Thursday, June 4, 2015

Schumann's Year of Song

Robert Schumann (1810–1856) was the first major successor in lied composition following Franz Schubert. While Schumann wrote many types of music, he tended to focus on one genre at a time (symphonies, piano works, lieder, etc.) The year 1840 is known as Schumann’s “Year of Song” because he wrote over 120 love songs in preparation for his marriage to Clara Wieck. Part of his inspiration for this enormous project was his desire for Clara. He also felt motivation to earn enough money to support his new bride and please her father. With the demand for lieder among amateur musicians, Schumann knew that lied composition would help him financially.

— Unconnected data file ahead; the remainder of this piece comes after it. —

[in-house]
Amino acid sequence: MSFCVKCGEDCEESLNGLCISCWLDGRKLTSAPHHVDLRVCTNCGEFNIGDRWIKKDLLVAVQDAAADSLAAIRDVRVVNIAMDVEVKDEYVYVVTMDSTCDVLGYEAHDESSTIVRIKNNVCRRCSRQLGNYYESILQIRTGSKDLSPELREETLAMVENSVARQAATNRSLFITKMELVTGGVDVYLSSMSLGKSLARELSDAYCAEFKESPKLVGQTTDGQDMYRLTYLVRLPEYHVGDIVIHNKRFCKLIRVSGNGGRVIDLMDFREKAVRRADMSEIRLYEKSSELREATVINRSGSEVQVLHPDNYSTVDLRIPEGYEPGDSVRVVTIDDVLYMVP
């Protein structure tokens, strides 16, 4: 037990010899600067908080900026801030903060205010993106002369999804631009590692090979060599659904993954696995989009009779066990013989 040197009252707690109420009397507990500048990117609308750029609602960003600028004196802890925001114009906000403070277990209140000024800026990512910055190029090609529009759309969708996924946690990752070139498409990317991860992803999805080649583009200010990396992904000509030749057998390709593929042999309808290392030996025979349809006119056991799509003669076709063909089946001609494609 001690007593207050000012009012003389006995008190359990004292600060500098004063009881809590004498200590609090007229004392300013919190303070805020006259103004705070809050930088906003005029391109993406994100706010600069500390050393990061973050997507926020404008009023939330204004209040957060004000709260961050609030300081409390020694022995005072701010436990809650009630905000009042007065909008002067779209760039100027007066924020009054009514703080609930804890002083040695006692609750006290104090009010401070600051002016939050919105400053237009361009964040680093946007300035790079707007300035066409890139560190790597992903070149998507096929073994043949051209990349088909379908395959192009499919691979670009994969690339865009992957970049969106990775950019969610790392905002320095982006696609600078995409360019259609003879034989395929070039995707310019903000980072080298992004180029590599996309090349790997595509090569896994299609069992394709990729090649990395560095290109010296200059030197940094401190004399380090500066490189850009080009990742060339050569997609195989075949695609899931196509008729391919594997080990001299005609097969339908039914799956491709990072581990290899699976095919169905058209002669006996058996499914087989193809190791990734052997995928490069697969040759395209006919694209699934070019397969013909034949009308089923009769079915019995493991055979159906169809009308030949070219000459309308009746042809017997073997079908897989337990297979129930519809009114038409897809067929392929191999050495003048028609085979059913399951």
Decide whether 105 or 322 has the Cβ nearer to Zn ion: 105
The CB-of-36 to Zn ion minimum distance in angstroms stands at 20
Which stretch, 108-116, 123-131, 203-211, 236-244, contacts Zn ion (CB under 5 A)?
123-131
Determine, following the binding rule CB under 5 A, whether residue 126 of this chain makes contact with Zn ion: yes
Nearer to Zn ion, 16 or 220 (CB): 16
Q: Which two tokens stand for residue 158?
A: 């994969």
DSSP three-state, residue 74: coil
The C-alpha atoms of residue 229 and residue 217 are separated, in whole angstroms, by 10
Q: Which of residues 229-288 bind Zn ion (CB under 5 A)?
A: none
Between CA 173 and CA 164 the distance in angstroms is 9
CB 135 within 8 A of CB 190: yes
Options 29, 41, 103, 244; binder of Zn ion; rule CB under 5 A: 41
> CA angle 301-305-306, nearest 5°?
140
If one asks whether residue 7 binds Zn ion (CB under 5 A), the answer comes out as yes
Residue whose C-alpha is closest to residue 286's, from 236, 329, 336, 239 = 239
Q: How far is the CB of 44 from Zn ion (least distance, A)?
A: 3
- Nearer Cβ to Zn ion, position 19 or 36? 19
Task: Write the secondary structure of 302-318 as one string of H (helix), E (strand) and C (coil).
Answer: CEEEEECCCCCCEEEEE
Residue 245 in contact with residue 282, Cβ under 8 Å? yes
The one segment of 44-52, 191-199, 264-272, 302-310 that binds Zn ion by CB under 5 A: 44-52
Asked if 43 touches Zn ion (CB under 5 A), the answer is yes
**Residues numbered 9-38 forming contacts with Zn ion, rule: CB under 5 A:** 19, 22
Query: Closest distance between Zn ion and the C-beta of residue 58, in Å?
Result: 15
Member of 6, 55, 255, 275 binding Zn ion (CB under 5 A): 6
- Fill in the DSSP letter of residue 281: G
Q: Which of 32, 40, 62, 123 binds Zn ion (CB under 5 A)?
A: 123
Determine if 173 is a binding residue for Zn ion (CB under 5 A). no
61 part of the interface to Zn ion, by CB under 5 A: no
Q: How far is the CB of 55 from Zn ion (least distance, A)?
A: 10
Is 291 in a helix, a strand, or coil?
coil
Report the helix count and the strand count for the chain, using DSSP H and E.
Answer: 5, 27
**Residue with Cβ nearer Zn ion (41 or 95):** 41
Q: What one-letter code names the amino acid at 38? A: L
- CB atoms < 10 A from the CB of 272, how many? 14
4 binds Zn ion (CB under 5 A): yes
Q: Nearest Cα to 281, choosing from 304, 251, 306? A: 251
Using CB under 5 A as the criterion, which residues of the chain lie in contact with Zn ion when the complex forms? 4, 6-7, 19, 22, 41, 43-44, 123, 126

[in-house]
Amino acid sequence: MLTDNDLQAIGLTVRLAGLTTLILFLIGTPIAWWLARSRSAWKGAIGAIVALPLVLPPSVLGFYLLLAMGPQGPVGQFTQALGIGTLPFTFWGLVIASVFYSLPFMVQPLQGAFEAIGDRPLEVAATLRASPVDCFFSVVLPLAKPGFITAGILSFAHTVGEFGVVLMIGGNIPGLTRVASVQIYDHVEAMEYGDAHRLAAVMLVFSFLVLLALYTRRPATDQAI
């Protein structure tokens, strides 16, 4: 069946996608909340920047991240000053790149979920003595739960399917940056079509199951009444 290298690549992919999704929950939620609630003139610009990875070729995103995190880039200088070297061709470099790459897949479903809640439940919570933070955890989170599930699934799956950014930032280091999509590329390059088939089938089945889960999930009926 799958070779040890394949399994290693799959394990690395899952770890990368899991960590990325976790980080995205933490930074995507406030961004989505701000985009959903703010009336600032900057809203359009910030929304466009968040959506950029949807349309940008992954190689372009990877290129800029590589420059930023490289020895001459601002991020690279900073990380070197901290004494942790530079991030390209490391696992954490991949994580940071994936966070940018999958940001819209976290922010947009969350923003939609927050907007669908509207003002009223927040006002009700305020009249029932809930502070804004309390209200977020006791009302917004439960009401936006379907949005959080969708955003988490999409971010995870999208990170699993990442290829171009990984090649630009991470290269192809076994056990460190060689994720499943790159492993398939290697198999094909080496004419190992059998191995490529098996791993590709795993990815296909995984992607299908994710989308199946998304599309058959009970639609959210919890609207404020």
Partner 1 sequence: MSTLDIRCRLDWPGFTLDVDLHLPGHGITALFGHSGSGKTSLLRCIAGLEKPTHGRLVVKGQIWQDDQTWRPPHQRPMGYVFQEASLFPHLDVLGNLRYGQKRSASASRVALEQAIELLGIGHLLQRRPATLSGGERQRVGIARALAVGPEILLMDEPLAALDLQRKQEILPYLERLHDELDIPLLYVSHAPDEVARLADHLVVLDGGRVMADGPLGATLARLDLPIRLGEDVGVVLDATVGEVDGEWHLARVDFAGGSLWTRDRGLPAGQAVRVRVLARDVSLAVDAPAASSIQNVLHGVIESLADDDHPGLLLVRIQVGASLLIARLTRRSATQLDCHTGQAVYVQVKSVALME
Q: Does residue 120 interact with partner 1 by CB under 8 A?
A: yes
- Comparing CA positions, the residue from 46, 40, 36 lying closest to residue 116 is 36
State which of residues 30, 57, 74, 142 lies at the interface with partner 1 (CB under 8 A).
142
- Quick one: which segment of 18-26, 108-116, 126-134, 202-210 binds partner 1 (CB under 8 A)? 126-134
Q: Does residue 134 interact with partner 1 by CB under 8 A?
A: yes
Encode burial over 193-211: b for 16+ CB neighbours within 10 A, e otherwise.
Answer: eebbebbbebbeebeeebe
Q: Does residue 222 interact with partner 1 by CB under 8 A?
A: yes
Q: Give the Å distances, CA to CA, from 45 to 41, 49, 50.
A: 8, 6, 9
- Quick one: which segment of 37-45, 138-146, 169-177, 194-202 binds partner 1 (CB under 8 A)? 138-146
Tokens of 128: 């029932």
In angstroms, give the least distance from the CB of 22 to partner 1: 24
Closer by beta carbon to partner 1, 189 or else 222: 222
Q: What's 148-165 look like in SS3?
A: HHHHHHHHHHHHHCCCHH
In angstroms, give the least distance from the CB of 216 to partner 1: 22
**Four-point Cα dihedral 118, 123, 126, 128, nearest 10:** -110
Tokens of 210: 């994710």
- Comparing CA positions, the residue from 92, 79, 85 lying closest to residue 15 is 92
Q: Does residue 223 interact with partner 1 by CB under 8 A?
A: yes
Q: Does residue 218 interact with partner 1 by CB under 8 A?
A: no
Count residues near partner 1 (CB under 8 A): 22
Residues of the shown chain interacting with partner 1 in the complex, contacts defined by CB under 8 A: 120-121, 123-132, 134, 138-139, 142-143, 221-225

Like Schubert, Schumann wrote his vocal and accompaniment parts with equal importance in text expression. Sometimes he even gave the piano extra solo material by including preludes and interludes. Many composers who wrote lieder would group their songs together into what is known as a song cycle. The songs in a cycle usually share a common theme such as a similar subject or the same poet. Schumann set 16 poems from Heinrich Heine’s Lyrical Intermezzo and grouped them into a song cycle he called Dichterliebe. These texts show each step of a relationship. Below you can follow along with the English text translation as you listen to one of the songs, “In the Marvelous Month of May,” which refers to love blooming during springtime. Schumann does not end the piece in a definite key, hinting that the story ends in a sad and unfilled manner.

In the wonderfully fair month of May,
as all the flower-buds burst,
then in my heart
love arose.

In the wonderfully fair month of May,
as all the birds were singing,
then I confessed to her
my yearning and longing.